“I'm strong to the finich, cause I eats me spinach.” You know what? Popeye the Sailor Man was onto something.
A word to the wise: Don’t skimp on the spinach. This leafy superfood is loaded with macronutrients, fiber, and protein. Spinach is a low-calorie veggie that’s got the whole alphabet of vitamins under its belt. That’s right—A, K, C, B2, and E are all VIPs. Other notable nutrient mentions include magnesium, calcium, iron, potassium, and folate. So, how exactly can spinach help us?
Getting in Those Greens May:
- Support bone health (calcium and Vitamin K)
- Lower blood pressure (potassium)
- Lead to healthier skin and hair (Vitamin A)
- Protect your eyesight (Vitamin C)
- Fight free radicals (chlorophyll)
- Help with energy levels (fiber and iron)
You may be wondering if it matters how we sneak spinach into our meals. Some people have a handful in their power smoothies, while others sauté it with garlic for the perfect side dish. There isn’t a gigantic nutritional difference between cooked and raw—how you enjoy it mostly depends on what you need in your diet!
What Cooked Spinach Delivers
Whether you’re making a quiche, heating up our Sausage Baked Penne, or stirring some into a stew, spinach makes a welcomed, savory addition. When spinach boils, its high oxaylic acid content begins to break down. When eaten raw, this acid blocks the absorption of iron and calcium. Less oxaylic acid also means no more “spinach teeth,” which is the chalky feeling left after you enjoy it uncooked. Cooking spinach is not only extremely tasty, but totally worth it if you want to squeeze in these nutrients.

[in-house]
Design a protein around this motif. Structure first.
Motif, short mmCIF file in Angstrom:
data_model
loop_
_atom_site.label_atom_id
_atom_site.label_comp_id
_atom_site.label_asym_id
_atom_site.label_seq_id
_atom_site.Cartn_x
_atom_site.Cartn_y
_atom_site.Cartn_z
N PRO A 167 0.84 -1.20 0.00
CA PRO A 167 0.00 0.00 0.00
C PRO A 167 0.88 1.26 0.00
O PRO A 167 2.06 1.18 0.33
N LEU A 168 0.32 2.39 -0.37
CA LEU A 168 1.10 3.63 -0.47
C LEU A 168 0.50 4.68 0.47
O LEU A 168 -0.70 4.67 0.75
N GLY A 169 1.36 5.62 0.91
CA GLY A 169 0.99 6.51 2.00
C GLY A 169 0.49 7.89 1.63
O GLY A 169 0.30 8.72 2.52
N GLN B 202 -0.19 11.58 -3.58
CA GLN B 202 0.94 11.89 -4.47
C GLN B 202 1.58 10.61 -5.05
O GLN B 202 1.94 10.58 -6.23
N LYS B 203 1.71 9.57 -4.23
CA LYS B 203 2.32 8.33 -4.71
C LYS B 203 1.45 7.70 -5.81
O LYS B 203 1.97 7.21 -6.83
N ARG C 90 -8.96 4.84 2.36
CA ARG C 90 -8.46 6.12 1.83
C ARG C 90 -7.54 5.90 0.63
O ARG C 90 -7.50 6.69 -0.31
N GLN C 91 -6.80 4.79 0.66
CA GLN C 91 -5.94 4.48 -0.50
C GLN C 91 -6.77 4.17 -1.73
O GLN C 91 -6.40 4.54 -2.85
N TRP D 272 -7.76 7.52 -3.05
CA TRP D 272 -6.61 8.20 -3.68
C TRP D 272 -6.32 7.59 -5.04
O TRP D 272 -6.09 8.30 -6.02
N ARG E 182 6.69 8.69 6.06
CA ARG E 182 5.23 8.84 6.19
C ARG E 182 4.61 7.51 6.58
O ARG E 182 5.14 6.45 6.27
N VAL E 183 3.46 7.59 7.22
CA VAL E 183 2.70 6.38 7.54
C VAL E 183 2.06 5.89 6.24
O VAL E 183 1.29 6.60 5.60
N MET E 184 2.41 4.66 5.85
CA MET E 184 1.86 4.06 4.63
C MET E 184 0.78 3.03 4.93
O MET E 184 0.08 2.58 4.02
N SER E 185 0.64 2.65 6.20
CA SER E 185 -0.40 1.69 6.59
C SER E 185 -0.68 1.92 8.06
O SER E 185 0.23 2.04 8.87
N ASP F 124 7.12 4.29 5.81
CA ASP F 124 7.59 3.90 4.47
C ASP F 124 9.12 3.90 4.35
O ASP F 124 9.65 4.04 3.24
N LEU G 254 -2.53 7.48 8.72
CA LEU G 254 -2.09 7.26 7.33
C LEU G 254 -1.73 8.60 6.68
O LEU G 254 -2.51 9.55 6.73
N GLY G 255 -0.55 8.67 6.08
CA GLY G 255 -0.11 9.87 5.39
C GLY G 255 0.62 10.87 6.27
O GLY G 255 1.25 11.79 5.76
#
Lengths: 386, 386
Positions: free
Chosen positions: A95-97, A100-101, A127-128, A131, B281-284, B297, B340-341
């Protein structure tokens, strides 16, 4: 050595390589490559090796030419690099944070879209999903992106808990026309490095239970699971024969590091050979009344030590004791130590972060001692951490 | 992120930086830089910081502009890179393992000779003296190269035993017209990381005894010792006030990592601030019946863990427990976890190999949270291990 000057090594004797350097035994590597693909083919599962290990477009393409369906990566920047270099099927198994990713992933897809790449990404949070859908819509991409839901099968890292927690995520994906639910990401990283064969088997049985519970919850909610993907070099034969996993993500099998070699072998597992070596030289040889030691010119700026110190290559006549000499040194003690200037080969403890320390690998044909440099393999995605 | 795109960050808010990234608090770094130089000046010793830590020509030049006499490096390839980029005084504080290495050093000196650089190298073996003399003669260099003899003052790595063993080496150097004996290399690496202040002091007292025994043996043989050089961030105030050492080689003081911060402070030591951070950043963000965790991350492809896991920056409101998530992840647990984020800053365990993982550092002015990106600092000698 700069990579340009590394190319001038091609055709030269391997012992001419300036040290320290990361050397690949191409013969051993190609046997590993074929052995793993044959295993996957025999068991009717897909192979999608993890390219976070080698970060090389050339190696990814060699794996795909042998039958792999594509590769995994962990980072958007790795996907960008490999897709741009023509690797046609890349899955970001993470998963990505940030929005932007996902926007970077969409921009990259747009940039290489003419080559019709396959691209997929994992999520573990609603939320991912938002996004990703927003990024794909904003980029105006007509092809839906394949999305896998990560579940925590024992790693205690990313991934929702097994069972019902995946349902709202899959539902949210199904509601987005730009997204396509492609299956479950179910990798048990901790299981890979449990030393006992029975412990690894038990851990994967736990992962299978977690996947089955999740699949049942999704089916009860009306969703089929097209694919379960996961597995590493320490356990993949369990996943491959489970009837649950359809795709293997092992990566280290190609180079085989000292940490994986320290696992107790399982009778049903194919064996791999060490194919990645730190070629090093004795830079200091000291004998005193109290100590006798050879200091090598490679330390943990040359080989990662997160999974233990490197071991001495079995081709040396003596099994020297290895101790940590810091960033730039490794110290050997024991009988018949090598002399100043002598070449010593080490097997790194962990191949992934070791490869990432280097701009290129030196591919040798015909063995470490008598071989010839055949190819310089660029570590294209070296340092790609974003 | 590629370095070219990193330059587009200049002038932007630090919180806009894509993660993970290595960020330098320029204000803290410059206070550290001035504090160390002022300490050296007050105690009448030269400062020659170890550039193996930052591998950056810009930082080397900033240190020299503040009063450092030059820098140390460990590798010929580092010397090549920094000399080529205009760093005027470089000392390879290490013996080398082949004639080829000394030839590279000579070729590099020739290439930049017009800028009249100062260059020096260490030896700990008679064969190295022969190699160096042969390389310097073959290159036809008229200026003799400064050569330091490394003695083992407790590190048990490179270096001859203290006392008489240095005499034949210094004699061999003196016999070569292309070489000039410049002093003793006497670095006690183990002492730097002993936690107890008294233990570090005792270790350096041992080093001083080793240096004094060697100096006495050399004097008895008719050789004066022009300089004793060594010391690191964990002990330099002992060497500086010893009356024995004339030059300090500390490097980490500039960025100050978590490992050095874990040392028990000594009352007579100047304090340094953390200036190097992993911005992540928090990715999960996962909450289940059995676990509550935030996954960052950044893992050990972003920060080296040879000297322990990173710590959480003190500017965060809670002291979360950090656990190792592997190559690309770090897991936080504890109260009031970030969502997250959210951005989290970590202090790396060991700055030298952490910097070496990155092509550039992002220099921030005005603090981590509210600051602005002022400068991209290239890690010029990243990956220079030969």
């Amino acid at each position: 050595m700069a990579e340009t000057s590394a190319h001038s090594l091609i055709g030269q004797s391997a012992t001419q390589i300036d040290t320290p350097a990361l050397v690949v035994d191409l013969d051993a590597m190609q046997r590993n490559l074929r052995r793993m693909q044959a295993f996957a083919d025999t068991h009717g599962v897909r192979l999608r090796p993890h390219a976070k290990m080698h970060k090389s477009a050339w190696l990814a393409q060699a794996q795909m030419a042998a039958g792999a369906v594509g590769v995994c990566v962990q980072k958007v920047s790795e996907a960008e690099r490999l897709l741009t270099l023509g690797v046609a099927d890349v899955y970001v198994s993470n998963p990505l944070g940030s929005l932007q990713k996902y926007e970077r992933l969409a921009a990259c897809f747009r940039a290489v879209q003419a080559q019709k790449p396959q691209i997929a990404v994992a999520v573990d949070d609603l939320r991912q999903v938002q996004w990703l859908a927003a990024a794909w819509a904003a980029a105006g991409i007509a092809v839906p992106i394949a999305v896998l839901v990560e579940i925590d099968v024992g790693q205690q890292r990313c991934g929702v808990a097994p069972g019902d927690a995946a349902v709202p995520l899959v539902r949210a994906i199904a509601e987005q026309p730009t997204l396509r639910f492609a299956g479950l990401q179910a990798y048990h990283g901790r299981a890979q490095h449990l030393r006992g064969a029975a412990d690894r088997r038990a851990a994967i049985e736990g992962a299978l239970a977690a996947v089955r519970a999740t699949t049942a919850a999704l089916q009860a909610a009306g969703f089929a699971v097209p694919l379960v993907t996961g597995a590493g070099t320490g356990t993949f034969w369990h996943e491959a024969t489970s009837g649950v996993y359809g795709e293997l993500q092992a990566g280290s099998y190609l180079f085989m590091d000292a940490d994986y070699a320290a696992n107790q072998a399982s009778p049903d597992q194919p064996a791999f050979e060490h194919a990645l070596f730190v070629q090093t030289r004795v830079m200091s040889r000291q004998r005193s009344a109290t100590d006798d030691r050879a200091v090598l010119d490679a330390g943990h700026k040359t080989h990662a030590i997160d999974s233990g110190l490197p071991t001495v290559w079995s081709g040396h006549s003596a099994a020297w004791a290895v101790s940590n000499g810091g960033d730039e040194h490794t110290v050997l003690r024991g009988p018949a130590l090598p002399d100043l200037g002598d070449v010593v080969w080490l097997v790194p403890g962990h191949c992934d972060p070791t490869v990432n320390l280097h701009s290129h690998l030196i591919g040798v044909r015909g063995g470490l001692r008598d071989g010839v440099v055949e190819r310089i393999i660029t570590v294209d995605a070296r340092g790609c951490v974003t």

Reasons to Eat it Raw
Eating spinach uncooked is excellent for keeping the Vitamin C content intact. A 3.5-ounce serving of fresh spinach has 47% of the suggested daily value. If you sauté it, the amount dips to 16%. Raw spinach also has 49% of the recommended folate intake, but cooks down to 38%. If these are the nutrition stats you’re searching for, swap your regular salad base for spinach, blend it into shakes, or purée the leaves into a fresh pesto. If you pair additional Vitamin C sources (like lemon or orange juice) with your spinach, it can help increase the absorption of iron!
Spinach just might be the superhero of any meal. If you’re on the hunt for a hearty veg packed with vitamins and minerals, you should probably add this leafy green to your plate. Scramble it with your breakfast eggs, sprinkle some on your sandwich, or have it in cheesy creamed spinach. (Pro tip: Try out a super buttery version in our Chicken Cordon Bleu)!